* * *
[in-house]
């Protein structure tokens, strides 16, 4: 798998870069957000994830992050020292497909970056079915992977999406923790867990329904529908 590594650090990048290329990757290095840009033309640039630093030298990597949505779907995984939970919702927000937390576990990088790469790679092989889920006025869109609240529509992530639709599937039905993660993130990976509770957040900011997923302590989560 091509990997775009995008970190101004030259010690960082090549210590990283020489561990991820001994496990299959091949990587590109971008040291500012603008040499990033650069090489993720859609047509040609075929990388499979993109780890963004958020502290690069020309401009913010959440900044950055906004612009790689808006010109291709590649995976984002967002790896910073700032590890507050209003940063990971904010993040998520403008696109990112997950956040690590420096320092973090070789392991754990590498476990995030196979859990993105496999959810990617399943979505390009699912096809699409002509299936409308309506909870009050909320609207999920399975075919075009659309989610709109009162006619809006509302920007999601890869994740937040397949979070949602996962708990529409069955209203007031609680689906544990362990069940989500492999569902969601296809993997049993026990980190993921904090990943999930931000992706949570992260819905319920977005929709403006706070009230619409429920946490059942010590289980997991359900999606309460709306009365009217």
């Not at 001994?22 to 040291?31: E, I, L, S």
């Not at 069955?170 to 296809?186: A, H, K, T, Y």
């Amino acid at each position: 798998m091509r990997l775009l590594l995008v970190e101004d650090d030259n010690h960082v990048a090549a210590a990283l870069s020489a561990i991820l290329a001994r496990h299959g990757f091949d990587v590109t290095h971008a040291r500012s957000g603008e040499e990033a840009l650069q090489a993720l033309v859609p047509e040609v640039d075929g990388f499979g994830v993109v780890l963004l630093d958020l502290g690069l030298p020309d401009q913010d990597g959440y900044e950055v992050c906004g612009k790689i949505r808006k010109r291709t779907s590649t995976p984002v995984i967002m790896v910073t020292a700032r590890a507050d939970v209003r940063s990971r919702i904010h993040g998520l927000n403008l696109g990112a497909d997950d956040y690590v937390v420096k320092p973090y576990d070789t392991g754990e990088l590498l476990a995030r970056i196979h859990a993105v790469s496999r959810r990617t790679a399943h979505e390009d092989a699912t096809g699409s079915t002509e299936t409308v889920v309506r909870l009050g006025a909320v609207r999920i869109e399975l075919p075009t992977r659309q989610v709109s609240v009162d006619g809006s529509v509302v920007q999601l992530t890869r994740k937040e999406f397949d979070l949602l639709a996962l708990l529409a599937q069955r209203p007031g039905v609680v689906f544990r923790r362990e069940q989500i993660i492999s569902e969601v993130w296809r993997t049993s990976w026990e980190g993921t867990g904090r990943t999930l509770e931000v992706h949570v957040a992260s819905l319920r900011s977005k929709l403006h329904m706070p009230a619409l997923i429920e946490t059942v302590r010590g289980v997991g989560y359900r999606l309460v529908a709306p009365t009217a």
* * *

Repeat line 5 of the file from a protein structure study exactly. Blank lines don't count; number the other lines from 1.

């Amino acid at each position: 798998m091509r990997l775009l590594l995008v970190e101004d650090d030259n010690h960082v990048a090549a210590a990283l870069s020489a561990i991820l290329a001994r496990h299959g990757f091949d990587v590109t290095h971008a040291r500012s957000g603008e040499e990033a840009l650069q090489a993720l033309v859609p047509e040609v640039d075929g990388f499979g994830v993109v780890l963004l630093d958020l502290g690069l030298p020309d401009q913010d990597g959440y900044e950055v992050c906004g612009k790689i949505r808006k010109r291709t779907s590649t995976p984002v995984i967002m790896v910073t020292a700032r590890a507050d939970v209003r940063s990971r919702i904010h993040g998520l927000n403008l696109g990112a497909d997950d956040y690590v937390v420096k320092p973090y576990d070789t392991g754990e990088l590498l476990a995030r970056i196979h859990a993105v790469s496999r959810r990617t790679a399943h979505e390009d092989a699912t096809g699409s079915t002509e299936t409308v889920v309506r909870l009050g006025a909320v609207r999920i869109e399975l075919p075009t992977r659309q989610v709109s609240v009162d006619g809006s529509v509302v920007q999601l992530t890869r994740k937040e999406f397949d979070l949602l639709a996962l708990l529409a599937q069955r209203p007031g039905v609680v689906f544990r923790r362990e069940q989500i993660i492999s569902e969601v993130w296809r993997t049993s990976w026990e980190g993921t867990g904090r990943t999930l509770e931000v992706h949570v957040a992260s819905l319920r900011s977005k929709l403006h329904m706070p009230a619409l997923i429920e946490t059942v302590r010590g289980v997991g989560y359900r999606l309460v529908a709306p009365t009217a």